the friends of public and private faith, and of public and personal liberty, that our governments
are too unstable, that the public good is disregarded in the conflicts of rival parties, and that
measures are too often decided, not according to the rules of justice and the rights of the minor
party, but by the superior force of an interested and overbearing majority.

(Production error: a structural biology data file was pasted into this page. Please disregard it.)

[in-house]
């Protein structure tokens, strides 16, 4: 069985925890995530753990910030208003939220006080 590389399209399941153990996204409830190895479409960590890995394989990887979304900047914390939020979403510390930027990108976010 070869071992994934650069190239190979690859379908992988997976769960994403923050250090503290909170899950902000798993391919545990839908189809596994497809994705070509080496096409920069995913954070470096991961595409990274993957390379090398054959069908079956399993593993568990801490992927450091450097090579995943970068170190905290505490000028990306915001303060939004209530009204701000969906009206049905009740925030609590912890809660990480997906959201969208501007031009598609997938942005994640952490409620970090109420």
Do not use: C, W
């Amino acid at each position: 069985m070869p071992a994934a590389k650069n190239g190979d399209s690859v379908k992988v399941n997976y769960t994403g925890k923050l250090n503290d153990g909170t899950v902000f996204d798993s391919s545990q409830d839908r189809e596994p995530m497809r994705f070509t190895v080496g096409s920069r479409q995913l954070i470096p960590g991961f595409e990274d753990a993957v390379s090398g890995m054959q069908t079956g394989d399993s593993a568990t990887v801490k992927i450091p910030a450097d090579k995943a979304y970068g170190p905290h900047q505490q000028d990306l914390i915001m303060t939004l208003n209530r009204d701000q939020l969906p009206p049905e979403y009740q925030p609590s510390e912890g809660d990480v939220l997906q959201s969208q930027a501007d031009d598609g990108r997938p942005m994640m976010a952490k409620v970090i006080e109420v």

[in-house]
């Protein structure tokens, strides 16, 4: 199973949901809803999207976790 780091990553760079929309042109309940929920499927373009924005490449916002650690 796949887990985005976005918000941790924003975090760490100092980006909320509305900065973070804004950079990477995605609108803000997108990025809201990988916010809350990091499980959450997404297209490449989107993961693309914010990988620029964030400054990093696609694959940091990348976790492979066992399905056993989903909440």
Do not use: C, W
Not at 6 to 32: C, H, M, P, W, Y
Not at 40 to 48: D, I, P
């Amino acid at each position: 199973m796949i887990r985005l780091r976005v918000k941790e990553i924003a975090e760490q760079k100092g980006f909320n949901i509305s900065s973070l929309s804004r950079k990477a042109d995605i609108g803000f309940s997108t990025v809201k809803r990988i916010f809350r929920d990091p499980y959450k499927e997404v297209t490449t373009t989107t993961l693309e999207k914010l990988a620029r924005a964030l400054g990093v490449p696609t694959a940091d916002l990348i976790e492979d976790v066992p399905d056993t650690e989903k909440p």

Nowhere does Madison juxtapose “personal liberty” and slavery. People compete to gain preeminence and power for their own interests. Those with common interests naturally associate into minorities, and there can be a majority group. Democracies favor the majority at the expense of the other citizens. However, the Constitution proposes a republic, wherein patriotic, highly moral representatives consider their constituents yet maintain the long-term good for everyone.